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Pruning Fruit Trees


  • Scientific Name
    Citrus x limon
  • Special Considerations

    Photo: Thitiphum Koonjantuek/Unsplash
    Photo: Thitiphum Koonjantuek/Unsplash
    Many lemons (especially, Meyer lemons) flower and fruit all year long. Therefore, removal of some flowers and fruit while pruning is often inevitable. 

    The natural habit of lemons is to grow tall upright branches from the center of the tree, especially from the uppermost portion of the tree. Over time, these upright branches bend down from the weight of the fruit. 

    Prune lemons twice each year taking care not to severely prune at any one time. Severe pruning (more than one-third of the plant) may result in new branches that contain thorns. 

  • Fruit grows on:

    Old wood.

  • What to Prune in Winter
    N / A
  • What to Prune in Summer

    What to prune in late spring: 

    Remove dead, diseased or damaged branches. 

    Remove crossing branches. 

    Remove suckers from the rootstock.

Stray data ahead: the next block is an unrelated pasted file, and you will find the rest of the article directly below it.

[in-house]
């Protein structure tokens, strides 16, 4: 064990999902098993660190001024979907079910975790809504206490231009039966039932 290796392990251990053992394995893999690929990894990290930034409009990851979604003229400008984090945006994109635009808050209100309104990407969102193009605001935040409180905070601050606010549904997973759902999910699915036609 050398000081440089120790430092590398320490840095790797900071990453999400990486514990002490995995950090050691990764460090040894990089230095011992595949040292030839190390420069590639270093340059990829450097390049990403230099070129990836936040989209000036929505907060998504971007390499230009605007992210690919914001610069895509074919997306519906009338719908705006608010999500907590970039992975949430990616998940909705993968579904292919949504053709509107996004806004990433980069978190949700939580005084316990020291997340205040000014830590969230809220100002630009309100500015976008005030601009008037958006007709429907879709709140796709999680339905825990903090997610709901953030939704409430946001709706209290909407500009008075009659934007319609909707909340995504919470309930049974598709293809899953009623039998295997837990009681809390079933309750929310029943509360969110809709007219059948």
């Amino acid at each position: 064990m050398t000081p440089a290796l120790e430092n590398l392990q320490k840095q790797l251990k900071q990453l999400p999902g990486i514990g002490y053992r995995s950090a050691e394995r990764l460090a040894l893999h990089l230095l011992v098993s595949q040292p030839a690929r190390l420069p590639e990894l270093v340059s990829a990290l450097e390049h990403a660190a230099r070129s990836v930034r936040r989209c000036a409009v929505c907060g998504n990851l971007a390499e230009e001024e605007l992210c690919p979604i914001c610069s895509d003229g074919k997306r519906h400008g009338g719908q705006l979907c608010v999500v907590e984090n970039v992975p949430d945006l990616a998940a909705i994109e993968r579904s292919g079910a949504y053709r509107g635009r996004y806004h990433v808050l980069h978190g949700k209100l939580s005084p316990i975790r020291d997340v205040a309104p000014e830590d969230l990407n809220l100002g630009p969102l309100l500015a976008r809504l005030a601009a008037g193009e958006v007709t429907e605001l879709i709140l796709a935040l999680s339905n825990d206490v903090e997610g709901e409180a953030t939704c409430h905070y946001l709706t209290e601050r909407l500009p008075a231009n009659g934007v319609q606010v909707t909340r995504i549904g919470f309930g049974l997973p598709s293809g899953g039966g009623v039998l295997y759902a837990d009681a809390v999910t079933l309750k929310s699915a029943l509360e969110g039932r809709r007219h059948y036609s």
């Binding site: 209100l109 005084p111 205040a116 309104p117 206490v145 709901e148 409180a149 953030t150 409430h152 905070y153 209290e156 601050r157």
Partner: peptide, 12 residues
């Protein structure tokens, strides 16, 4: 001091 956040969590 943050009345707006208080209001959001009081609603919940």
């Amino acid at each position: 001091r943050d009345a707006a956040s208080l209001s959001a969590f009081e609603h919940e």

Remove branches whose tips are growing closer than 24 inches from the ground, because fruit that sags to ground level may develop fungus infections. Shorten these branches back to a scaffold branch, or if needed, remove the offending scaffold branch from the trunk at its origin. Do not leave a stub. 

    Inspect the long upright shoots that grow from the center of the tree during summer months. These are future fruit-bearing branches. If several grow from a single spot or in close proximity, remove the weakest. Keep the strongest shoots, aiming for even spacing throughout the branch structure. These shoots will, in time, bear fruit and begin bending down, possibly requiring removal of the branches beneath. Ultimately, some of these fruit-bearing branches may dip too close to the ground requiring their removal. This entire cycle from new shoot to branch removal may take five to ten years. 

    Remove branches that prevent sunlight from penetrating into and across the tree. 

    Try to avoid “tip pruning” – heading back branches that remain to shape the tree. Citrus react by creating dense growth at the point of these cuts, limiting sunlight to the interior. It is better to control growth using thinning cuts to open avenues of light. 

    What to prune in late summer: 

    The method is the same as in the late spring, except that by the late summer, there may be many more upright shoots growing from the center of the tree than there were earlier in the year.